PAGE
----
Why you should care

He’s a walking, talking good story, with some rubber chickens to boot.

In the days when people actually watched local sports on the 11 o’clock news, Robin Ficker was the most famous sports heckler in America. When I was a kid in D.C., he was a fixture at Washington Bullets games, where, from courtside seats some rows in front of me and my dad, he berated the visiting team in a stream-of-consciousness harangue reinforced by a collection of props (a whiteboard, a copy of The Jordan Rules, a rubber chicken). Ficker would repeat the performance 41 nights a season.

For a kid like me attending his first games, Ficker was terrifying. I had actual anxiety about running into him at a concession stand, or worse still, the men’s room, where my bladder shyness would have spiraled out of control. But against a backdrop of public drunkenness and obscenity rife at arenas at the time, Ficker was different. “I never drank,” Ficker tells me. “And I’m in court every day. I don’t use profanity in there, so why would I [at games]?”

It’s that scholarly logic that served Ficker well logging long hours at the D.C. Superior Court, where he distinguished himself as one of the city’s best known and least liked defense attorneys. At one point he represented defendants in double and quadruple homicide cases, infamously saying they “wouldn’t hurt a fly” and were “very nice people,” thereby cementing public opinion in a city already known for embracing human wreckage (e.g., Marion Barry).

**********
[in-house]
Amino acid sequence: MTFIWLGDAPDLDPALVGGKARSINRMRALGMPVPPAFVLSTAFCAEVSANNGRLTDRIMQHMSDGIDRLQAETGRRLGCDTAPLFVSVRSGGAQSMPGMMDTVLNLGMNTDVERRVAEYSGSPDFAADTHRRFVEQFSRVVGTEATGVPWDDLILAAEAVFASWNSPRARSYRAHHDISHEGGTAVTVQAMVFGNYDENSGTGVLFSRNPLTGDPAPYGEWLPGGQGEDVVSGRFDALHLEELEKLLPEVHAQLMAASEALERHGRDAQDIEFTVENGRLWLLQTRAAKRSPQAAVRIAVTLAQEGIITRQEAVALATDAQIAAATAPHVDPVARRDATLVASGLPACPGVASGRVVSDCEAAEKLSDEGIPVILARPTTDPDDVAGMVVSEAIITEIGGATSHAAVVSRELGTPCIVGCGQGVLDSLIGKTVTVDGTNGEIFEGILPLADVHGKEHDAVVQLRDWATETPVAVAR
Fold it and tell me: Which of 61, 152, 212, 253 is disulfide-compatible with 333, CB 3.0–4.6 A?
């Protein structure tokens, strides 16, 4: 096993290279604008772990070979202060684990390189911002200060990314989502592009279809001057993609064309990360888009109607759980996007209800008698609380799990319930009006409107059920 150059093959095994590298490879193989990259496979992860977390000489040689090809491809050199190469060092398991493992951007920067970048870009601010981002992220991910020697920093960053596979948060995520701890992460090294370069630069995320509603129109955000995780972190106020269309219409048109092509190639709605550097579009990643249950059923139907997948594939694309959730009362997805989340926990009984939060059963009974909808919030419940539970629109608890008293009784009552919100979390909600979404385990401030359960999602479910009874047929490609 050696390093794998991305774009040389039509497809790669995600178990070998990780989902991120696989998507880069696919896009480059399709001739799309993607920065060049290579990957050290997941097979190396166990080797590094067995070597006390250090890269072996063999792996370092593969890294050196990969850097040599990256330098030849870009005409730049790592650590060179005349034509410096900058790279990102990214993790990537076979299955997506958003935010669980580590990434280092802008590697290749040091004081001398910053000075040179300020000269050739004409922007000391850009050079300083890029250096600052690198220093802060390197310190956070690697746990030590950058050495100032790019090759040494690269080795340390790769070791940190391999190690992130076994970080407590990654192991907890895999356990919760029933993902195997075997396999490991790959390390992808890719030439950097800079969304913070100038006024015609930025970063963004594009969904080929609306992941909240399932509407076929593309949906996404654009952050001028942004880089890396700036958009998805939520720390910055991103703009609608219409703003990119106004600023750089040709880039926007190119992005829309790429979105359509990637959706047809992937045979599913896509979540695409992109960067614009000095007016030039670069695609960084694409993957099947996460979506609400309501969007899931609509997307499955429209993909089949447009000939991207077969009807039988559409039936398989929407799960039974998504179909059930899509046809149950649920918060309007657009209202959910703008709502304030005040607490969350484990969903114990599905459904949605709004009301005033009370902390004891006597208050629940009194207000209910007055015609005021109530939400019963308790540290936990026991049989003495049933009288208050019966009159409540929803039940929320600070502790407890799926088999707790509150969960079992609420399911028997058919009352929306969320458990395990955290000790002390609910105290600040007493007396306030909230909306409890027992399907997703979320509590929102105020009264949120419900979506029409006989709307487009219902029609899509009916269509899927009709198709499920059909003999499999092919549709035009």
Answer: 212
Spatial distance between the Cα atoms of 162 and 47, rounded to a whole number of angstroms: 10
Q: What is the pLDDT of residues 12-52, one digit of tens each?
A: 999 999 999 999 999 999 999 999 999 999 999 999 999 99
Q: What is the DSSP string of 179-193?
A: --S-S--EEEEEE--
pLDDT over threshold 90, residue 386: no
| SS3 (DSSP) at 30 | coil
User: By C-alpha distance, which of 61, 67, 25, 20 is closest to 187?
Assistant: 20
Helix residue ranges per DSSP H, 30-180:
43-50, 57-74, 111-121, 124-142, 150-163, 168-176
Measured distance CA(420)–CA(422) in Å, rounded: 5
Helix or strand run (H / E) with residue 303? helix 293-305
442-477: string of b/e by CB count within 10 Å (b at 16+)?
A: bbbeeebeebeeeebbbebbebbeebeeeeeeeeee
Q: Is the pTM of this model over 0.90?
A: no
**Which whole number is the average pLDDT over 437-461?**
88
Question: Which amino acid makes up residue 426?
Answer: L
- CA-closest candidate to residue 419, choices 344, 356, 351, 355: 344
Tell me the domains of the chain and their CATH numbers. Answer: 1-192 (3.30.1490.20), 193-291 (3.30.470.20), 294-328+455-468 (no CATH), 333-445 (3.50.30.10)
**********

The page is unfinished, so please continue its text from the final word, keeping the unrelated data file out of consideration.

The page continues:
He was looking really tired, so I was just asking him, when he was feeling tired, if his mom gave him a hot bath and let him play with his little rubber ducky. Is that profane?

Robin Ficker

When the moribund Bullets finally moved from Capital Centre (sort of a wet cardboard box in the middle of nowhere) to their shiny new downtown arena in 1997, someone in the corridors of power decided that the new millennium must be Ficker-free. Denied season tickets anywhere near the floor (the wellspring of his power), Ficker began a protest of absence that snowballed into a 16-year moratorium. “I think [the ticket ban] came from the NBA commissioner [David Stern],” he says. “I was getting a lot of TV coverage and the NBA didn’t like that. But I was always saying nice things.”

Ficker, as the expression goes, took his ball and went home, but he was soon making waves as the University of Maryland wrestling team’s most intense superfan, commandeering meets that drew crowds in the dozens, not thousands.

His second act in basketball as heckling’s Lazarus was short — a return to the stands to watch the Wizards (formerly the Bullets) play Indiana in the 2014 playoffs. The game ended with Ficker embroiled in a feud with Pacers center and self-proclaimed God-fearer Roy Hibbert. “He was saying a lot of obscenities,” Hibbert told the press after the game. “Things I’m not going to tell you.”

Ficker’s recollections are somewhat different. “He was looking really tired, so I was just asking him, when he was feeling tired, if his mom gave him a hot bath and let him play with his little rubber ducky. Is that profane?” This is Fickermania through and through: uncomfortable, vaguely disgusting, totally unique.

Today’s NBA is a much-sanitized product, and the years have transformed Ficker’s legacy from league-wide lightning rod into cultural oddity — a curious, highly motivated basketball-loving Hazel Motes with an unslakable thirst for inane conflict.

“It’s a vicarious thrill,” says Ficker. “You start thinking you’re on the court … you’re part of it.”

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